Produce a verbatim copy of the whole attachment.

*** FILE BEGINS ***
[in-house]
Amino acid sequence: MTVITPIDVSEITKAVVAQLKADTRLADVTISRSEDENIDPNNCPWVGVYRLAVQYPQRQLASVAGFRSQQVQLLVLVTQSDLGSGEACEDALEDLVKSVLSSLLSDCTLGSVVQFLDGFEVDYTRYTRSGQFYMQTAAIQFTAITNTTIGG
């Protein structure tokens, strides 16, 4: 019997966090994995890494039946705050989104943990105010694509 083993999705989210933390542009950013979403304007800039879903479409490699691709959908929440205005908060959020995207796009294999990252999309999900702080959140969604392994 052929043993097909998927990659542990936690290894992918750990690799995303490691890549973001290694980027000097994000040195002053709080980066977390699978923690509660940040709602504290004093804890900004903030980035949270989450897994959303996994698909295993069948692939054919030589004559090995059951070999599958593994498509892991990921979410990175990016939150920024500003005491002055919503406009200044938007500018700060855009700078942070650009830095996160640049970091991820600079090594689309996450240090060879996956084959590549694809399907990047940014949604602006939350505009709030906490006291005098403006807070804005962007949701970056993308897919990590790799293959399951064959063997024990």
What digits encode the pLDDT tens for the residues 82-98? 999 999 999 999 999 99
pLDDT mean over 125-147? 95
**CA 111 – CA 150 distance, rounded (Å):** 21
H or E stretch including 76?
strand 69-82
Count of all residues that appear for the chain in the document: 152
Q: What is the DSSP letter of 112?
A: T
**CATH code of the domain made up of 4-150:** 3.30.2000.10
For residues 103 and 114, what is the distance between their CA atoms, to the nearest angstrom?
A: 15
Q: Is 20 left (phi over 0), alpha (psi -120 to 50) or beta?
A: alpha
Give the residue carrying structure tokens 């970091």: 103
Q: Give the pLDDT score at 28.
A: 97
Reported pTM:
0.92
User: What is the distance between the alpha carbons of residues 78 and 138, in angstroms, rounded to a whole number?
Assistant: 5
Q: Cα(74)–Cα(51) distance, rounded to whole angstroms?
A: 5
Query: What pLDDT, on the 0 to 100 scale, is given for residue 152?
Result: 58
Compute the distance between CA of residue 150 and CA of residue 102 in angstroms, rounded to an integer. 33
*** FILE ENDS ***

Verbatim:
[in-house]
Amino acid sequence: MTVITPIDVSEITKAVVAQLKADTRLADVTISRSEDENIDPNNCPWVGVYRLAVQYPQRQLASVAGFRSQQVQLLVLVTQSDLGSGEACEDALEDLVKSVLSSLLSDCTLGSVVQFLDGFEVDYTRYTRSGQFYMQTAAIQFTAITNTTIGG
């Protein structure tokens, strides 16, 4: 019997966090994995890494039946705050989104943990105010694509 083993999705989210933390542009950013979403304007800039879903479409490699691709959908929440205005908060959020995207796009294999990252999309999900702080959140969604392994 052929043993097909998927990659542990936690290894992918750990690799995303490691890549973001290694980027000097994000040195002053709080980066977390699978923690509660940040709602504290004093804890900004903030980035949270989450897994959303996994698909295993069948692939054919030589004559090995059951070999599958593994498509892991990921979410990175990016939150920024500003005491002055919503406009200044938007500018700060855009700078942070650009830095996160640049970091991820600079090594689309996450240090060879996956084959590549694809399907990047940014949604602006939350505009709030906490006291005098403006807070804005962007949701970056993308897919990590790799293959399951064959063997024990």
What digits encode the pLDDT tens for the residues 82-98? 999 999 999 999 999 99
pLDDT mean over 125-147? 95
**CA 111 – CA 150 distance, rounded (Å):** 21
H or E stretch including 76?
strand 69-82
Count of all residues that appear for the chain in the document: 152
Q: What is the DSSP letter of 112?
A: T
**CATH code of the domain made up of 4-150:** 3.30.2000.10
For residues 103 and 114, what is the distance between their CA atoms, to the nearest angstrom?
A: 15
Q: Is 20 left (phi over 0), alpha (psi -120 to 50) or beta?
A: alpha
Give the residue carrying structure tokens 């970091």: 103
Q: Give the pLDDT score at 28.
A: 97
Reported pTM:
0.92
User: What is the distance between the alpha carbons of residues 78 and 138, in angstroms, rounded to a whole number?
Assistant: 5
Q: Cα(74)–Cα(51) distance, rounded to whole angstroms?
A: 5
Query: What pLDDT, on the 0 to 100 scale, is given for residue 152?
Result: 58
Compute the distance between CA of residue 150 and CA of residue 102 in angstroms, rounded to an integer. 33